This isn’t a very good time for sellers of dedicated e-book readers. It isn’t just that sales have slumped. The Digital Reader tells of the calamities befalling trusting purchasers of the Kobo Mini, who thought they were buying new but actually were getting refurbished demo devices (refunds available).
Alas, owners of the new NookGlowLight Plus have been in for their own nasty surprise. The Plus right now cannot read library e-books or those purchased from other stores, such as Kobo’s—even those selling ePub books, the kind the GlowLight Plus is supposed to work with. The glitch is related to Adobe DRM. Yes, such problems are one more example of the misery from this consumer-hostile technology.
The good news is that an authorized spokesperson for B&N tells TeleRead that a fix for the library book issue will come in the next few weeks by way of a software update. Alas, her statement didn’t fully address the issue of the use of the NookGlowLight Plus with books from other companies’ bookstores.
I’ll be optimistic. But until we get an unequivocal answer, I would advise people not to buy GlowLight Pluses if they want multi-store capability for reading DRMed ePub books (no, I’m not expecting the ability to read Kindle books without conversion—Amazon books are not in ePub).
The spokesperson is checking just to make certain that Adobe DRM support goes beyond library books, and I’ll either update this post or publish a new one when I get an answer. It isn’t sufficient to say “support for Adobe DRM ePubs and PDFs.” Is this just in a library context, backed up with a concrete example in the spokesperson’s email to me? Or does it also mean other stores for sure? With all the fine print that B&N has used in the past, one can’t be too sure.
Meanwhile here is the spokesperson’s statement:
Thanks for reaching out. As follow-up to your question, B&N has a free OTA software update planned in the next few weeks. It will add the following:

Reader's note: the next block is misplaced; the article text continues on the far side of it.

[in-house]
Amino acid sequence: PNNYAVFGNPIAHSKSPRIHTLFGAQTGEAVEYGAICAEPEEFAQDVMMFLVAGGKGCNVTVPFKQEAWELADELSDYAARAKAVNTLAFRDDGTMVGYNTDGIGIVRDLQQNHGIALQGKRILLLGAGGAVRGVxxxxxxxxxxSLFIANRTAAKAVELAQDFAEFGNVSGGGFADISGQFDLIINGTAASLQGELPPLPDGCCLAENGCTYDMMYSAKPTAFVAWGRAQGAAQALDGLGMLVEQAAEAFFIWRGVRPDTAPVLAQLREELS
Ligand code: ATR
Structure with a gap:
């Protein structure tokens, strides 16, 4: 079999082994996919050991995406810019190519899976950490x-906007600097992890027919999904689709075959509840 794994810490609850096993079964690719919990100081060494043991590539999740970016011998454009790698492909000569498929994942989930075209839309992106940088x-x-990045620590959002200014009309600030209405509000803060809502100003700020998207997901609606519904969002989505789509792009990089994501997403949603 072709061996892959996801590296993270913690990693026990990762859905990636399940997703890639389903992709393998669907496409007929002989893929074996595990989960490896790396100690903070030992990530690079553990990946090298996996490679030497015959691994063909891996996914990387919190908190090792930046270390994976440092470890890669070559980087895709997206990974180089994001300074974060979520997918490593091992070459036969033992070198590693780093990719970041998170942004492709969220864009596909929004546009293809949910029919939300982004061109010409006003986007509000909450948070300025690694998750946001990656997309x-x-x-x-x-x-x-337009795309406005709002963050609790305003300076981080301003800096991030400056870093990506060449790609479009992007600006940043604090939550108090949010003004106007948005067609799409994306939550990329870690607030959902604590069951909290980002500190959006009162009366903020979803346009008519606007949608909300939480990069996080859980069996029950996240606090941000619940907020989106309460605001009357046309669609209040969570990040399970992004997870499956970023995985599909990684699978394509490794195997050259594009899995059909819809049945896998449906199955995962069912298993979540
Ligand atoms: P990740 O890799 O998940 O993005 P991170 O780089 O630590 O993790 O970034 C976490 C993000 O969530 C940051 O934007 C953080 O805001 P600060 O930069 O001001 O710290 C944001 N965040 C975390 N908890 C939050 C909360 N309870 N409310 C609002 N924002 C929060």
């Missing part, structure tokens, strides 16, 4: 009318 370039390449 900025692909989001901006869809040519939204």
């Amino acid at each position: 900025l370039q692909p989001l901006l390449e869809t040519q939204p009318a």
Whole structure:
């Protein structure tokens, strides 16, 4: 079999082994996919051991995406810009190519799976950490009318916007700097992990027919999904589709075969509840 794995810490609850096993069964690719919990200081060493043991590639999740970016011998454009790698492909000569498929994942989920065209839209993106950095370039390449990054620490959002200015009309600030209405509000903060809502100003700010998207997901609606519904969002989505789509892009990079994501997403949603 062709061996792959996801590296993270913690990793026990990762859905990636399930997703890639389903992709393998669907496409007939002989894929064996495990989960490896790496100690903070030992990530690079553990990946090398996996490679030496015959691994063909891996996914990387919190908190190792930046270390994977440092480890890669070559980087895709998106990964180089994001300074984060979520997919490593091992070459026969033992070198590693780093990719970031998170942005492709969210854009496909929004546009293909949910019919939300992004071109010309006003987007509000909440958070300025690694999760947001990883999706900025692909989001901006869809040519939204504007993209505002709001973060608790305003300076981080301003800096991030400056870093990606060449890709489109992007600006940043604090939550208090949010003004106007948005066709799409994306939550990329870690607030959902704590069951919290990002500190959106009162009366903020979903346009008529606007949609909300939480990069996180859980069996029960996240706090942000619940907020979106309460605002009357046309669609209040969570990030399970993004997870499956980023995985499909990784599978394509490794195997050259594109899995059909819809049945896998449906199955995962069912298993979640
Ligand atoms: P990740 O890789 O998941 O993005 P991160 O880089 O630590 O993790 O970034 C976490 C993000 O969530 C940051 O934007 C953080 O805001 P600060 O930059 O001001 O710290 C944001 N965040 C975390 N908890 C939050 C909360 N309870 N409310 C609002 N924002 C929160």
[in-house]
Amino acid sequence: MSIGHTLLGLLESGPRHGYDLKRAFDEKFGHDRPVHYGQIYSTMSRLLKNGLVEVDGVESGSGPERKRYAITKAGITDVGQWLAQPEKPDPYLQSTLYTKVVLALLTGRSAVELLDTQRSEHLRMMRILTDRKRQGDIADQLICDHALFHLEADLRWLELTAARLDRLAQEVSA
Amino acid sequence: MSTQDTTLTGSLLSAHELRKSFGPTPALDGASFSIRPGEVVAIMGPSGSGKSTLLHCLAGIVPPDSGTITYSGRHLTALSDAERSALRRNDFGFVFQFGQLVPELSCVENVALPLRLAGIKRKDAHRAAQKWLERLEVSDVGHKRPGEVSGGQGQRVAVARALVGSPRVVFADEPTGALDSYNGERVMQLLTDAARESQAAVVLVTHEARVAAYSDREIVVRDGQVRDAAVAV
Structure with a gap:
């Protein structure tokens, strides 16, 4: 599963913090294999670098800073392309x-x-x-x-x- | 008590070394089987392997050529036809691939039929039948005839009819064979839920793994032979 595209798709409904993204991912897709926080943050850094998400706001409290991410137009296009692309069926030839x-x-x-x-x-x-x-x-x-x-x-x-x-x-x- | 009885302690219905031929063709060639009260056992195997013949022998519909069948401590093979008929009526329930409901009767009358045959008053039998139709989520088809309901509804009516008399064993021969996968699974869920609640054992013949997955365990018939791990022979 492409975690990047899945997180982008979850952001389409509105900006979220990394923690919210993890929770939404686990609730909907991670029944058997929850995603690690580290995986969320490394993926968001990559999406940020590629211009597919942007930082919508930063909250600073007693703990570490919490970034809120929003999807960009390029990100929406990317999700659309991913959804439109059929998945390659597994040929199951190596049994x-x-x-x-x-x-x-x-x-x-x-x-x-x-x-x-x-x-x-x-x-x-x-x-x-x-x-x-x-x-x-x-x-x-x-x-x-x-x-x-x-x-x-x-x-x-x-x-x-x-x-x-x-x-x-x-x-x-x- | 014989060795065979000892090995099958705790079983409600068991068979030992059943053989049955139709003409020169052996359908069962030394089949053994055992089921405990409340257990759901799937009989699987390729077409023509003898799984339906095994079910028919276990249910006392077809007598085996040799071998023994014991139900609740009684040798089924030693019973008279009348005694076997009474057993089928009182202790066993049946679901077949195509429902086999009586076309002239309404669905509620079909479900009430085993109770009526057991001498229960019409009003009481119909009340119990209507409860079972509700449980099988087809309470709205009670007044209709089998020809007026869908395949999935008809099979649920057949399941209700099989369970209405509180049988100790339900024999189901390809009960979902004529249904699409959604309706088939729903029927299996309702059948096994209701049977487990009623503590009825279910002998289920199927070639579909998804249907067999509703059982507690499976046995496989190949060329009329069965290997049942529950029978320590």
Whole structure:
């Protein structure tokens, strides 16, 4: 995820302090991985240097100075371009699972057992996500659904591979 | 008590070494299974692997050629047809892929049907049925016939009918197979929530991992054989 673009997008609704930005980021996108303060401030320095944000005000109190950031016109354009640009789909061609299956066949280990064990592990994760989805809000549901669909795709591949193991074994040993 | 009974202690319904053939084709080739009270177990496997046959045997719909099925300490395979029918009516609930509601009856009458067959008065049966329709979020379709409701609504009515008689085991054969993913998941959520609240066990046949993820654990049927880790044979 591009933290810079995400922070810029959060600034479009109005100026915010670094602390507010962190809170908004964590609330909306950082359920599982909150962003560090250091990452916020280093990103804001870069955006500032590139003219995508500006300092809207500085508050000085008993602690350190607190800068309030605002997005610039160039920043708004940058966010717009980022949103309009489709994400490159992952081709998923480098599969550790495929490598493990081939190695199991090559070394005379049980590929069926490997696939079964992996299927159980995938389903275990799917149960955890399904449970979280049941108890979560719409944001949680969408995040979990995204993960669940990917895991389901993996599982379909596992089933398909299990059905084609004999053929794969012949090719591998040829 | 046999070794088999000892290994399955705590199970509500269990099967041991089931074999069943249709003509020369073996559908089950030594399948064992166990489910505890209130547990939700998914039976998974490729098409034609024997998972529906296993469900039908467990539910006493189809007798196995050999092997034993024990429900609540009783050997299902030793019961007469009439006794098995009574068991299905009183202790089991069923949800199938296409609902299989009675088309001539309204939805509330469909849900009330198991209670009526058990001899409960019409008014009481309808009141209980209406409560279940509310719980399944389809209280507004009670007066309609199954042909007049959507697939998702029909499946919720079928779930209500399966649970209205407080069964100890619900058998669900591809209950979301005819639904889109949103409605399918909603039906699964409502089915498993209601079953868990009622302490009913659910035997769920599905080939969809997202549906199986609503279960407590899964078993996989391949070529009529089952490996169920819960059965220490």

1. Support for Adobe DRM ePubs and PDFs. Users will be able to side-load Library books, sign-in with their Adobe ID on the NOOK GlowLight Plus and open their public library books
2. Improved In-Store Wi-Fi experience
3. Improved Web log-in portal management (Wi-Fi hotspots, public Wi-Fi, Hotels, etc.)
4. Additional bug fixes and improvements
Let me know if you have further questions.
OK, all that is good. I just hope that the “support” and “sign-in” parts will—as I expect—cover books from other bookstores.
Meanwhile there is the pesky question of why B&N would release the GlowLight Plus without telling prospective buyers that it would not immediately be able to read e-books from other bookstores and libraries, the way the company’s other readers can. Why wasn’t the company more proactive? And why was the QC that bad, assuming the problem was unknown at the time of release?
As I’ve said before, I’m really, really rooting for B&N to succeed as a major alternative to Amazon (same for Kobo). Dodgy marketing and communications practices or lack of good ones or sufficient QC will not help.
If e-reader companies discover problems in just-released products, they should be the first out with the bad news—“own” it, in PR parlance—and be able to assure customers that fixes are on the way.
If mainstream e-book-reader vendors cannot treat customers well, that’s one fewer reason to buy from them as opposed to more obscure companies. On top of that, keep in mind that B&N’s hardware competition extends far beyond Kobo and Amazon and the rest. We’re talking, too, about e-books vs. cell phones.
What a contrast between B&N and my favorite gas station: For more than a decade, I went to the Duke & Pickett Auto Repair Center here in Alexandria, Virginia. Then the owner retired. The Yelp reviews aren’t quite as glowing as before. Now I’ll be going to Seminary Plaza Exxon. Jim Reed, the manager, takes pride in close communications with customers. He won’t do a cent of work on your car without consulting with you first. What’s more, I paid $0 for the first checkup; Jim couldn’t find anything wrong and the Honda Fit manual didn’t call for work at this time. What a terrific feeling!
I want the same upside surprises and first-rate communications when I deal with B&N. I own none of the company’s e-readers now—given my particular hardware tastes and the past misery I’ve suffered, such as the loss of some Fictionwise titles after B&N bought that e-store.
Amazon has its faults but generally offers more upside surprises than the reverse despite its use of proprietary DRM and its own format. I’m waiting for B&N and Kobo to catch up with Amazon and Seminary Plaza Exxon in customer satisfaction. TeleRead’s Joanna Cabot, who reviewed the Kobo Aura H2O, is similarly grumpy about Kobo (her thing is the rotten user interface that Kobo keeps inflicting on e-reader customers).